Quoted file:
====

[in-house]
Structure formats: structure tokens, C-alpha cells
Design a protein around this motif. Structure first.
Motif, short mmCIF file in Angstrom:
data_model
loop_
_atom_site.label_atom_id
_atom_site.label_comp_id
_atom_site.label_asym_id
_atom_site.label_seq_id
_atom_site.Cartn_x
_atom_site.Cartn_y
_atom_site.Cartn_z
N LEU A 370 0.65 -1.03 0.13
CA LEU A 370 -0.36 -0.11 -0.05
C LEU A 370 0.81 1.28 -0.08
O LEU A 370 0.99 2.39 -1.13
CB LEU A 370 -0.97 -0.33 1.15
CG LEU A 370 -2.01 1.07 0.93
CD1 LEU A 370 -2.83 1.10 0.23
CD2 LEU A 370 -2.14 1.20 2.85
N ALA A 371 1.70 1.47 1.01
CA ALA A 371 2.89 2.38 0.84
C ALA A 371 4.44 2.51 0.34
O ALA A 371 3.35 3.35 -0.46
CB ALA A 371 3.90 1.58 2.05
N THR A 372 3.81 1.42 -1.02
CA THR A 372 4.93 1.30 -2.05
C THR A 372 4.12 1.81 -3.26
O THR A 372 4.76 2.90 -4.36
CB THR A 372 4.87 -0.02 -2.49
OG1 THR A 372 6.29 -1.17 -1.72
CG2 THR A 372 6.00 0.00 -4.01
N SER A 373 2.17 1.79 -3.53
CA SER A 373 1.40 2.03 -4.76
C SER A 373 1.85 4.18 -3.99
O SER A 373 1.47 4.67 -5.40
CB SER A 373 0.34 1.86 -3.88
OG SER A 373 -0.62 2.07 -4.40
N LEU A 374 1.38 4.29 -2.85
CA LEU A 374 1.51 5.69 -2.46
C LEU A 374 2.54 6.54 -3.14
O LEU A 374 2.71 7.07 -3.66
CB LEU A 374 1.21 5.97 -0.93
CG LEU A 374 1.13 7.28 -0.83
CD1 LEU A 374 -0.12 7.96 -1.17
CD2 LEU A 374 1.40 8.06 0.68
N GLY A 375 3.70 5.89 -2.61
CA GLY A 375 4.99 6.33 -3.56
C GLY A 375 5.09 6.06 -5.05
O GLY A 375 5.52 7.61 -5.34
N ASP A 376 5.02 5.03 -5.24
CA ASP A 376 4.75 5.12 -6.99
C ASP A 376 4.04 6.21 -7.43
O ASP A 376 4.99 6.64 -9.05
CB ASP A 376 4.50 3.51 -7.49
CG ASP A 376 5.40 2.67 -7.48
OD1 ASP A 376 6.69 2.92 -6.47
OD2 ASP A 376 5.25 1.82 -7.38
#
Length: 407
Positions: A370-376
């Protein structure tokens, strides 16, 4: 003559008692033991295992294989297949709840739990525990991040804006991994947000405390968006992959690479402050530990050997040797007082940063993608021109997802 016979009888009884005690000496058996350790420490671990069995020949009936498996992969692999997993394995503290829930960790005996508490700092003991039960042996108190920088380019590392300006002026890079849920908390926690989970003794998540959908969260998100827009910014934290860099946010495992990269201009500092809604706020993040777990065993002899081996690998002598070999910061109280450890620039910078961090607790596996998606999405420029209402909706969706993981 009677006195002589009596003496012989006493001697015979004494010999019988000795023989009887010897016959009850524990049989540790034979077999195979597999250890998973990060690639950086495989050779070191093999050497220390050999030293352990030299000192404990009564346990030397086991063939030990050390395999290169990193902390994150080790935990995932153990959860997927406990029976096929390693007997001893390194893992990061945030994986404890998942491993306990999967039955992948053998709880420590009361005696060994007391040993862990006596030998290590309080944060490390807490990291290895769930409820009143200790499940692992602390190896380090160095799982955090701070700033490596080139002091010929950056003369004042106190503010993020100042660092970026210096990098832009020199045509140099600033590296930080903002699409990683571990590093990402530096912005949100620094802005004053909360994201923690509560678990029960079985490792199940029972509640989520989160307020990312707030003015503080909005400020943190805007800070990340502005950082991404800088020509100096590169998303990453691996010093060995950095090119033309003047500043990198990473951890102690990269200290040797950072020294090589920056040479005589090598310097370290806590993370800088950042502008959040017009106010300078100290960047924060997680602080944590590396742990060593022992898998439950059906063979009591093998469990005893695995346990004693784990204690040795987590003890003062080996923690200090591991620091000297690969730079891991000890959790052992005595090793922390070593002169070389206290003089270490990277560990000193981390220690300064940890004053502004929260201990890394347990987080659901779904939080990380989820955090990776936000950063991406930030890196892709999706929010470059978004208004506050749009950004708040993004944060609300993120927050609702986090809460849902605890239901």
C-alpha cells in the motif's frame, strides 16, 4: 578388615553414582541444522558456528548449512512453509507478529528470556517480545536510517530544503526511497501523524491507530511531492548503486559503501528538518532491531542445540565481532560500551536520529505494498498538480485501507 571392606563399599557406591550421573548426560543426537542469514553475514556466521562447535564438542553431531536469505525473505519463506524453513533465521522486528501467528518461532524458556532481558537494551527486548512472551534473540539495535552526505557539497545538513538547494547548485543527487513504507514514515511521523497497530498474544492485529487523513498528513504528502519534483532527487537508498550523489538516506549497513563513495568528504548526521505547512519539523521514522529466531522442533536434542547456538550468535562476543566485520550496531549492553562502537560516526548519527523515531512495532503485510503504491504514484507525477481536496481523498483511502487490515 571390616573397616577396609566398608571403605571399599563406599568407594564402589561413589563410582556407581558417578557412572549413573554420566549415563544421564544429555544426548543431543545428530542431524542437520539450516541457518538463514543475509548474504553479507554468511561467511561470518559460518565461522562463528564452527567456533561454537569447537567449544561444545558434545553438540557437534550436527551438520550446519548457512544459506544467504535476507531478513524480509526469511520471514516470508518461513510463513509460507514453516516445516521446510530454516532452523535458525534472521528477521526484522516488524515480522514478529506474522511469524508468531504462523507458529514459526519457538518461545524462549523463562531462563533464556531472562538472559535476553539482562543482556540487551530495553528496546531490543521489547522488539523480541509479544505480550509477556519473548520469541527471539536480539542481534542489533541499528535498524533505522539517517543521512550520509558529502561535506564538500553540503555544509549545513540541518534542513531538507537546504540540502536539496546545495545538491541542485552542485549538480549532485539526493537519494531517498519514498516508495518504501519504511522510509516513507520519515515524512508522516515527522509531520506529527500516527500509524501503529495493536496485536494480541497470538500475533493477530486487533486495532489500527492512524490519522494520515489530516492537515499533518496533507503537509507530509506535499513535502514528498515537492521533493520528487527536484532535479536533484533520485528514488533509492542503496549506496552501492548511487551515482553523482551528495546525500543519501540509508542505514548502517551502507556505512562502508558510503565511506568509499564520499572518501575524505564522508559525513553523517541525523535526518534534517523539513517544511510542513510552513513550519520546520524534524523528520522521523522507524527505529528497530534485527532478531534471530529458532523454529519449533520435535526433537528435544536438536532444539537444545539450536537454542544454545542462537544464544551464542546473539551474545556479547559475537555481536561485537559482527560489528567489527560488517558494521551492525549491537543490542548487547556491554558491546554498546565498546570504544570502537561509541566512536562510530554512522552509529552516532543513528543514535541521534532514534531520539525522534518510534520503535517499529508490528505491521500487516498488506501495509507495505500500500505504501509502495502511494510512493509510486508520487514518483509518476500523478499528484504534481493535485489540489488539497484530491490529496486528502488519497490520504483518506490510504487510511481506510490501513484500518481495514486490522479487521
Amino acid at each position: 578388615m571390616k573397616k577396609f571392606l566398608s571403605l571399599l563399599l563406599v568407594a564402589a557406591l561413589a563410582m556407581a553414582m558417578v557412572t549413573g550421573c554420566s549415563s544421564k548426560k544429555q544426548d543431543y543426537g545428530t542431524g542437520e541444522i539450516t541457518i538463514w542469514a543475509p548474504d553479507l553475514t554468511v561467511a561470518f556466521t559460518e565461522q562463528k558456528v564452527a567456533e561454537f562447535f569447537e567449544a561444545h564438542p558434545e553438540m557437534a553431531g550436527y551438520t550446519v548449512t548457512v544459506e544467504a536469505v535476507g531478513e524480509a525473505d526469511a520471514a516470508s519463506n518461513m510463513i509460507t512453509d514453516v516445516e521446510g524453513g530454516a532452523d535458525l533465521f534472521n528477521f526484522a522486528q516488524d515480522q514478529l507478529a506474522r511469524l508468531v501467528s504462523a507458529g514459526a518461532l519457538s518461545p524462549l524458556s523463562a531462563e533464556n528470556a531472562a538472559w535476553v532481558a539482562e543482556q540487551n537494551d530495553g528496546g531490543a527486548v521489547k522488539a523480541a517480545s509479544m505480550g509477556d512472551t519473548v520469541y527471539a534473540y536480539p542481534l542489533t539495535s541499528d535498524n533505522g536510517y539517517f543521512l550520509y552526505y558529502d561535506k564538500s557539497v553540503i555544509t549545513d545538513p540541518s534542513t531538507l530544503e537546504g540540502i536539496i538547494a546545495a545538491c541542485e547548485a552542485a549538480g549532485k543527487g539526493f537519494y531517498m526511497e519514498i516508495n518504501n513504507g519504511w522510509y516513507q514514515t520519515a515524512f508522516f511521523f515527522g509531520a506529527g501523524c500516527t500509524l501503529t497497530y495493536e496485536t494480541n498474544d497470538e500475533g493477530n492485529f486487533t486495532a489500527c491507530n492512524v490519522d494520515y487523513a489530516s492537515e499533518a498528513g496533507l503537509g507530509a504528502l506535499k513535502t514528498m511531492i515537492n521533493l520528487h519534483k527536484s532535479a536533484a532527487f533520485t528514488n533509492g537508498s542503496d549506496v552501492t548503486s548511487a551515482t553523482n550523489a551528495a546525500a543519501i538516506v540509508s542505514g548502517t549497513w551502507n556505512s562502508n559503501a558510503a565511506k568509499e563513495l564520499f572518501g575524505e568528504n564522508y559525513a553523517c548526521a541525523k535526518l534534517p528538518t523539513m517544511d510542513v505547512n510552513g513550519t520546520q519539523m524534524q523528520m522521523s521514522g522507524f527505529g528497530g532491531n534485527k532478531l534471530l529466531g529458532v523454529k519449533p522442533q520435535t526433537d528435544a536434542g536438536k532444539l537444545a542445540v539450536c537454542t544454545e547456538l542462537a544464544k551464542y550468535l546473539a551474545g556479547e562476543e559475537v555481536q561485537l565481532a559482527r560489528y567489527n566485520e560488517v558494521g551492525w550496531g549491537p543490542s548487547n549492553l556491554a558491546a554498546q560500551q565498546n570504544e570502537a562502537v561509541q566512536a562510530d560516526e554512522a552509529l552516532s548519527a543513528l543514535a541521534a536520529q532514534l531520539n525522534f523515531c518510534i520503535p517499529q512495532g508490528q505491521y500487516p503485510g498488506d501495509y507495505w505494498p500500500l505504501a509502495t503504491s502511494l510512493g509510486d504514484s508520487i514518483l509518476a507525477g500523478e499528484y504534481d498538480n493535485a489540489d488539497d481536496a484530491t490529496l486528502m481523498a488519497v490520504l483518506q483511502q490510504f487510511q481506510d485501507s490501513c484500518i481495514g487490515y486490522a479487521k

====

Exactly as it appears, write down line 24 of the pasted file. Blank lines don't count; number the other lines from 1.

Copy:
C ALA A 371 4.44 2.51 0.34